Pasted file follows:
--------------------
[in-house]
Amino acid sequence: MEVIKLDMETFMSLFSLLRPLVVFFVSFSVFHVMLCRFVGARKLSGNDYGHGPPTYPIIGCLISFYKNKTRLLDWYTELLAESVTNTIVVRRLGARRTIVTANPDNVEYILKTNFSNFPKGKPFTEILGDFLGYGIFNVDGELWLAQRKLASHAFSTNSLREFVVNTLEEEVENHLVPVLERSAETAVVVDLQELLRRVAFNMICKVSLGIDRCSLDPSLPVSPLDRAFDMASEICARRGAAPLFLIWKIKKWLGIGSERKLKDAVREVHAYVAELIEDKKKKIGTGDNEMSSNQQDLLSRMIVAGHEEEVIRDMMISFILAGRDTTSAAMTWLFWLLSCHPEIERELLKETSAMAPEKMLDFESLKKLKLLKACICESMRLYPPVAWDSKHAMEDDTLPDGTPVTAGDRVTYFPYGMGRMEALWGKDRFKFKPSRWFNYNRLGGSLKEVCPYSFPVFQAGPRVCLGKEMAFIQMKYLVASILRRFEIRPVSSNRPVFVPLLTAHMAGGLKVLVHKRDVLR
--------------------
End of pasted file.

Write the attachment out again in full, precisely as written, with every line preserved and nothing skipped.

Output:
[in-house]
Amino acid sequence: MEVIKLDMETFMSLFSLLRPLVVFFVSFSVFHVMLCRFVGARKLSGNDYGHGPPTYPIIGCLISFYKNKTRLLDWYTELLAESVTNTIVVRRLGARRTIVTANPDNVEYILKTNFSNFPKGKPFTEILGDFLGYGIFNVDGELWLAQRKLASHAFSTNSLREFVVNTLEEEVENHLVPVLERSAETAVVVDLQELLRRVAFNMICKVSLGIDRCSLDPSLPVSPLDRAFDMASEICARRGAAPLFLIWKIKKWLGIGSERKLKDAVREVHAYVAELIEDKKKKIGTGDNEMSSNQQDLLSRMIVAGHEEEVIRDMMISFILAGRDTTSAAMTWLFWLLSCHPEIERELLKETSAMAPEKMLDFESLKKLKLLKACICESMRLYPPVAWDSKHAMEDDTLPDGTPVTAGDRVTYFPYGMGRMEALWGKDRFKFKPSRWFNYNRLGGSLKEVCPYSFPVFQAGPRVCLGKEMAFIQMKYLVASILRRFEIRPVSSNRPVFVPLLTAHMAGGLKVLVHKRDVLR